How to Tell if Bell Peppers Are Bad? [3 Main Spoilage Signs]

Ever picked up a bell pepper and questioned its freshness? How do you tell if a bell pepper is bad?

Let’s go through the key indicators of a past-its-prime pepper.

Short Answer

Bell peppers: spoilage signs infographic

Discard bell peppers that are slimy, super soft and wrinkly, smell funny, or have large patches of mold on the surface. However, if your pepper has only a few soft spots, you can cut them away. Similarly, if there’s a small moldy patch, cut it out, making sure to remove at least an inch around the affected area.

That’s the short version if you’re in a hurry.

Now, let’s talk about the details.

Mold and Black Spots

Bell pepper: a small moldy spot

A bell pepper covered in mold is obviously no good. But more often than not, there are only a few small moldy patches, and the rest of the pepper is fine.

If that’s the case, you can still use the good parts of the pepper. That’s because, according to the USDA, you can cut off small mold spots from firm veggies, such as bell peppers.

(The same is true, e.g., for carrots with minor moldy areas, but it isn’t true for softer veggies, like tomatoes.)

As usual with veggies starting to turn, things aren’t cut and dry. You’re the one to decide if that bell pepper with a couple of black (or white or other) spots is worth using.

For me, as long as the black spots are small and there aren’t more than 3 to 5 of them, I cut them off and use the rest of the pepper. But if rot is starting to take over, I toss the veggie.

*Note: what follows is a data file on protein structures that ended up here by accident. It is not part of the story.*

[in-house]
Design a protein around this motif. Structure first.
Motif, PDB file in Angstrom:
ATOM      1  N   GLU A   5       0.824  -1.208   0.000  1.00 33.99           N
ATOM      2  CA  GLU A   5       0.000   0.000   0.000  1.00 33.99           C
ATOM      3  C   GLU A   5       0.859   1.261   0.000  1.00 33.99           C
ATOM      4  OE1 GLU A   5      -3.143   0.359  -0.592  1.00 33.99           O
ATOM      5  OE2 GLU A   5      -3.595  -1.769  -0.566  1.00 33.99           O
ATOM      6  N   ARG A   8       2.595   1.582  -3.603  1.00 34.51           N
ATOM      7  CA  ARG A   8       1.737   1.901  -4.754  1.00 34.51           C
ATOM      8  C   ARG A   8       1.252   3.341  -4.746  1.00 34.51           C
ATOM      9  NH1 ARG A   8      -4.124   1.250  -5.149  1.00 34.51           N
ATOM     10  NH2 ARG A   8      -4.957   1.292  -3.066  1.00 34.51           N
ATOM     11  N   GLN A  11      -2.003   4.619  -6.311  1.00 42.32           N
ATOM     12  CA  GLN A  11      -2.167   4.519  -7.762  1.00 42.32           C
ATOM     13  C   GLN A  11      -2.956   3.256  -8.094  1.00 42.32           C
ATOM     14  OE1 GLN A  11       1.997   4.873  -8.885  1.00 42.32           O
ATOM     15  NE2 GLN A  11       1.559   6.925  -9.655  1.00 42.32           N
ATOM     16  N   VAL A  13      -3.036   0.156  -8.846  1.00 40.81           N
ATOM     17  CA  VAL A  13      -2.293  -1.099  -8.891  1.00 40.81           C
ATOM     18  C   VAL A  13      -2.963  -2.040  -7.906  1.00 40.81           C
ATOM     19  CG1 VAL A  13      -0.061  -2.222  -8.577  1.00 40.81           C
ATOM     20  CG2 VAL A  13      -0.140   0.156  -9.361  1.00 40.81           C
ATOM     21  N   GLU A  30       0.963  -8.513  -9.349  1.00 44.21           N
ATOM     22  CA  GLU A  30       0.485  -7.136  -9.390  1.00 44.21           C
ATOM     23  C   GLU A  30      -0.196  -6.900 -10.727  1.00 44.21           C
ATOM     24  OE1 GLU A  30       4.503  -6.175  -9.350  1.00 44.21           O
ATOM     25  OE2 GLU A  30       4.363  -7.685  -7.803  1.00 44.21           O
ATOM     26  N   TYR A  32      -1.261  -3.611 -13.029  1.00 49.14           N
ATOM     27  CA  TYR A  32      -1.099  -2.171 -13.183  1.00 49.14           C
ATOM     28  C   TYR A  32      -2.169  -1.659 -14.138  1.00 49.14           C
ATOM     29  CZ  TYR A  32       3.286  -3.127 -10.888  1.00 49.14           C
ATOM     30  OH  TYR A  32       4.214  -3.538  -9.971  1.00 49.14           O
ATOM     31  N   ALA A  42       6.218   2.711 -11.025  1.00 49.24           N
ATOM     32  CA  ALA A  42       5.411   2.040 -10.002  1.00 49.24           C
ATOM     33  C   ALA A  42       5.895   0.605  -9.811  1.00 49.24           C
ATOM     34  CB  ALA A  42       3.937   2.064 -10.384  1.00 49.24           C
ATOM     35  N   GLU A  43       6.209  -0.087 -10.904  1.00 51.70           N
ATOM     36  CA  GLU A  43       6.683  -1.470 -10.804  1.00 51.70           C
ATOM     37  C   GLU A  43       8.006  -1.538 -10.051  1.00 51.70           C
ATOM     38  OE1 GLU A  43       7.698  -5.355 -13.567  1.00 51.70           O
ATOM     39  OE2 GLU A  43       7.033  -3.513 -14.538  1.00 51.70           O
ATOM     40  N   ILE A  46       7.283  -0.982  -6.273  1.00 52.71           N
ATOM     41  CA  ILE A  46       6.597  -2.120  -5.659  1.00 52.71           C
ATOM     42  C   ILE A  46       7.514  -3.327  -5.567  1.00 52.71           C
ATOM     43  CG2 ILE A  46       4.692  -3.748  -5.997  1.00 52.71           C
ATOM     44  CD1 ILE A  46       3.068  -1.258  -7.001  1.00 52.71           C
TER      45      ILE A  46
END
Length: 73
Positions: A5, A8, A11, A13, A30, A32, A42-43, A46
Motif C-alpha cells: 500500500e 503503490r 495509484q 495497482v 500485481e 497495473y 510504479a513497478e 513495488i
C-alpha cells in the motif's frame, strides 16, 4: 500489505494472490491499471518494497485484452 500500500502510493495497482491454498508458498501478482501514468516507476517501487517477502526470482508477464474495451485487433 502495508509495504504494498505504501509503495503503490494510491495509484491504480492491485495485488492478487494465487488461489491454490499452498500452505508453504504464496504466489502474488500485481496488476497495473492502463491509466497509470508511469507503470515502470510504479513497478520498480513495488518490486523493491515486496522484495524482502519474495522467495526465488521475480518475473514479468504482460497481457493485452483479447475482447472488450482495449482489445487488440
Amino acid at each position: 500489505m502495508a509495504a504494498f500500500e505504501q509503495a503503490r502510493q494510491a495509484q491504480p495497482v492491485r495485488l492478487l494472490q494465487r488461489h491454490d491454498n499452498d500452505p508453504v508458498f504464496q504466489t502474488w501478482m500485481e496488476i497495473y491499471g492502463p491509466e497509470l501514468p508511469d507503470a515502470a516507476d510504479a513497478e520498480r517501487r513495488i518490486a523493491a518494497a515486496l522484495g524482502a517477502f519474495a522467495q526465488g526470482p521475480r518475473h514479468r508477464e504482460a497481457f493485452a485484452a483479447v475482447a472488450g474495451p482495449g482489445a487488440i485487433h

Finally, if your bell pepper is already cut up and you notice mold anywhere in the container, throw out the peppers. There’s no way of telling if other parts of the pepper haven’t been affected.


A bell pepper that’s slimy, covered in wrinkles, and super soft to the touch is way past its prime, and I recommend you discard it. But a pepper slightly on the softer side or with a couple of wrinkles or soft spots is still okay to use.

Losing firmness is typical for fruits and veggies you store for extended periods. Bell peppers last about 2 weeks if you refrigerate them, so you should notice that yours start to soften after 7 to 10 days.

If any area is more affected than the rest, as is the case with sunken spots, you can cut it off and use the rest.

Bell pepper: sunken spot

Last but not least, soft bell peppers work much better in cooked dishes than in raw ones. The lack of crunch and less-than-ideal texture will be easily noticeable in a salad, but you won’t notice a thing in lecso or ratatouille.

Off Smell

It’s not a common occurrence for whole bell peppers, but if yours smell funny, it’s best to toss them.

For cut-up bell peppers, especially ones that have been sitting in the fridge for a few days already, give them a good whiff. Look (sniff?) for mold or any other signs of decay, and toss the peppers if you notice any.

Discoloration is Usually Okay

Discolored bell pepper

Sometimes, a bell pepper has a darkened patch (that’s not moldy or rotten spot) or is half green and half yellow (or any other mix of colors). That’s normal and nothing to be worried about.

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